FOCUS ON ENFORCEMENT


More FCPA For Tenaris Tube

 

So much for promising not to do it again.  In 2011, Argentine seamless tube maker Tenaris entered into a Non-Prosecution Agreement with the Department of Justice, and the first ever Deferred Prosecution Agreement with the SEC, because of bribery in Uzbekistan. Under the terms of that DPA, the firm paid $5.4 million in disgorgement and prejudgment interest and agreed to pay a $3.5 million criminal penalty in a Non-Prosecution Agreement with the Justice Department

June 2, the SEC announced that Tenaris will pay more than $78 million to resolve charges that it again violated the Foreign Corrupt Practices Act (FCPA) in connection with a bribery scheme involving its Brazilian subsidiary.  Justice closed a related inquiry without taking action.

The order finds that between 2008 and 2013, approximately $10.4 million in bribes was paid to a Brazilian government official in connection with the bidding process at Petrobras. The bribes were funded on behalf of Tenaris’ Brazilian subsidiary by companies affiliated with Tenaris’ controlling shareholder, Techint Group.  During this period Petrobras purchased over $1 billion in goods and services from Tenaris and affiliates.

"Tenaris failed for many years to implement sufficient internal accounting controls throughout its business operations despite known corruptions risks," said Charles Cain, Chief of the SEC Enforcement Division’s FCPA Unit. "This failure created the environment in which bribes were facilitated through a constellation of companies associated with its controlling shareholder."

Tenaris consented to the SEC’s order without admitting or denying the findings that it violated the anti-bribery, books and records, and internal accounting controls provisions of the Securities Exchange Act of 1934 and agreed to pay more than $78 million in combined disgorgement, prejudgment interest, and civil penalties. The company also agreed to “comply with undertakings for a two-year period related to its ongoing remedial efforts.”

Aerospace Subcontractor Barred for ITAR Violations

BIS has sanctioned a North Carolina prototyping contractor for BAE Systems, Ametek and other precision manufacturers, for illegally exporting satellite, rocket, and defense technology to China.  

A Temporary Denial Order was issued June 7, giving notice to persons and companies in the United States and abroad that they should cease dealing with Quicksilver, Rapid Cut, and US Prototype in export or reexport transactions involving items, including technology or software, subject to the EAR. 

Rapid Cut and affiliates received export-controlled drawings from their domestic customers to 3-D-print requested items.  Despite instructions to comply with export regulations, and without their customers’ advance consent or knowledge, these drawings were sent to shops in China to 3-D-print the items.  The items were then imported into the United States to be provided to the ordering customers.  A Rapid Cut customer reported the offenses when packaging materials identified their origin as Chinese.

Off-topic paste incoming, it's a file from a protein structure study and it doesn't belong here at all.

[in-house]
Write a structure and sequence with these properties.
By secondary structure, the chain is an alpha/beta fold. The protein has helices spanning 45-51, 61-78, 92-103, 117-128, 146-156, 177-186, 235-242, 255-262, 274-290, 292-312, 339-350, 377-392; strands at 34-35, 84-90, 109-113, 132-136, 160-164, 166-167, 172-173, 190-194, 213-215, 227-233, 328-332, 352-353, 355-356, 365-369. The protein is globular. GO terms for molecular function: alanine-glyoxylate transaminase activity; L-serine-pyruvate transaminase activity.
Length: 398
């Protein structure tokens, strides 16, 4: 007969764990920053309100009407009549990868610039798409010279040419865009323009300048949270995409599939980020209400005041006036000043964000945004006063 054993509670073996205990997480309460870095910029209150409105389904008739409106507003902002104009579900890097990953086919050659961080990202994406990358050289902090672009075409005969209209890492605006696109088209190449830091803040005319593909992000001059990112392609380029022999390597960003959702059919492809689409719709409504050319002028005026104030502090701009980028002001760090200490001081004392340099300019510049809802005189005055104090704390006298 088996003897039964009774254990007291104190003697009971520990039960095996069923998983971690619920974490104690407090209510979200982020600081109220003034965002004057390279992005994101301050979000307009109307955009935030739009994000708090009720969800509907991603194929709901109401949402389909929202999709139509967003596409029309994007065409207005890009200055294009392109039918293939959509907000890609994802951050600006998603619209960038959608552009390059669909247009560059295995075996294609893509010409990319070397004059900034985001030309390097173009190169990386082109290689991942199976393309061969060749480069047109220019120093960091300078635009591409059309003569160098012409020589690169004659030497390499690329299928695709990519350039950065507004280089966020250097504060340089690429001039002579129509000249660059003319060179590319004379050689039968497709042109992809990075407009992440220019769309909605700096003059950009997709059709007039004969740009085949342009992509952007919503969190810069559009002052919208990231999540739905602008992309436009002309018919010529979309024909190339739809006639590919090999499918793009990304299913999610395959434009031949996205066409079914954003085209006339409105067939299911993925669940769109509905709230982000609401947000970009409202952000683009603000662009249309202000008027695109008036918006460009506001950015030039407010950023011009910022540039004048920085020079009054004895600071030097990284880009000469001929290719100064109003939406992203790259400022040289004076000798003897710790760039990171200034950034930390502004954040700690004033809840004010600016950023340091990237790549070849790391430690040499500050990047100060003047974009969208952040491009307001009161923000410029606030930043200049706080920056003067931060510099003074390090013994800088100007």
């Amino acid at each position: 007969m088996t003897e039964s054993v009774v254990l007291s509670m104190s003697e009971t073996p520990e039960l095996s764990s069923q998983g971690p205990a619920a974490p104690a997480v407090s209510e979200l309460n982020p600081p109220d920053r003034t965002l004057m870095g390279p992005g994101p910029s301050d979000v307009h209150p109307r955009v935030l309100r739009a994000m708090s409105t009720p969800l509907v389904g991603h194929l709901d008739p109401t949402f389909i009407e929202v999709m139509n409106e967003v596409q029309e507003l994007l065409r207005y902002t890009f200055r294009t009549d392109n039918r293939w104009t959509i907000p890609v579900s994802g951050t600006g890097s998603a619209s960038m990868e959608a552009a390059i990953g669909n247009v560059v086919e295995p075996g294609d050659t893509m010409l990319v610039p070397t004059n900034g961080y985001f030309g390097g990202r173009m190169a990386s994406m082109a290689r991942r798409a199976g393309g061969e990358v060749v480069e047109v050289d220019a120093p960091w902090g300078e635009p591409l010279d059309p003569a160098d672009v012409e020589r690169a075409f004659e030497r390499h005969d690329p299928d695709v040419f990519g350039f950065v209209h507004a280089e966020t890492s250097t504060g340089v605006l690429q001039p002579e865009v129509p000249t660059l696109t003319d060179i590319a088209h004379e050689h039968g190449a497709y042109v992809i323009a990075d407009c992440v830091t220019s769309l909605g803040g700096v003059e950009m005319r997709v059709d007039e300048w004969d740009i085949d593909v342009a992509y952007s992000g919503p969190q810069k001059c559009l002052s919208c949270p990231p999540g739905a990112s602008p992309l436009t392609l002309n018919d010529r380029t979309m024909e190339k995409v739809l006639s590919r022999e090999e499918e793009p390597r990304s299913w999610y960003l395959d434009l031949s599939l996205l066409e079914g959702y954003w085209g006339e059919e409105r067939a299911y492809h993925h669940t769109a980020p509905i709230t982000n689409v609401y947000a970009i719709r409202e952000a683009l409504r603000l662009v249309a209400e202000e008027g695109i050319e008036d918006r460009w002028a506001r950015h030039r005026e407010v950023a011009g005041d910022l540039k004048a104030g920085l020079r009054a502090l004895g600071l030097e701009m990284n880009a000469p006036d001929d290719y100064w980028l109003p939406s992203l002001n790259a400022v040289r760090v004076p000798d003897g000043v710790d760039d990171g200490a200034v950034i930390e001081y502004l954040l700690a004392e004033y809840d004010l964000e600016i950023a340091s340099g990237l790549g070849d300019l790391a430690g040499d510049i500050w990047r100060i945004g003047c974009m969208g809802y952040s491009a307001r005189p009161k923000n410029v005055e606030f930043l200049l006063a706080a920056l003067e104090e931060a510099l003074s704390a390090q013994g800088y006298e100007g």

Warhead Contractor Guilty 

The former owner and CEO of Tungsten Heavy Powder & Parts (THPP) pleaded guilty June 9 to conspiring to commit offenses against the United States, including the unlawful exportation of defense articles on the U.S. Munitions List without first obtaining a valid license or approval from the U.S. Department of State, in violation of federal export laws pursuant to the International Traffic in Arms Regulations (ITAR).

On several occasions Joe Sery exported technical drawings from the United States via email messages to his brother in India and the People’s Republic of China.  An arrest warrant has been issued for the brother, Dror Sery. He is believed to be residing in Israel.

THPP is a San Diego-based company that provides tungsten fragments, sub-assemblies, and other weapon grade components for United States military contracts. Some of THPP’s projects included the Hypersonic ARRW Rapid Response Weapon, a 155-millimeter Bi-Modal Warhead, a R9E Hellfire Warhead, and an 81-millimeter mortar cowling cone.

In April 2021 THP paid a $5.6 million fine to settle false claims act violations relating to US-funded contracts for the Government of Israel.  THP falsely certified that tungsten sourced in China had been sourced, instead, in the United States. THP also falsely certified that manufacturing occurred in the United States, when in fact THP contracted with a Mexican maquiladora.

Razorback EE Prof Sentenced; Hid Patents in China

 

A former University of Arkansas professor of Electrical Engineering with 30 years tenure was sentenced June 16 to a year in prison plus one year of supervised release for making a false statement to the FBI about the existence of patents for his inventions in the People’s Republic of China (PRC).

 

According to court documents, Simon Saw-Teong Ang, 64, of Fayetteville, filed 24 patents in the PRC which bear his name or Chinese birth name. The University of Arkansas, where Ang worked as a professor, required individuals such as Ang to promptly furnish to the university “full and complete” disclosures of inventions, and university policy provided that it, not individual inventors, would own all inventions created by those subject to the policy.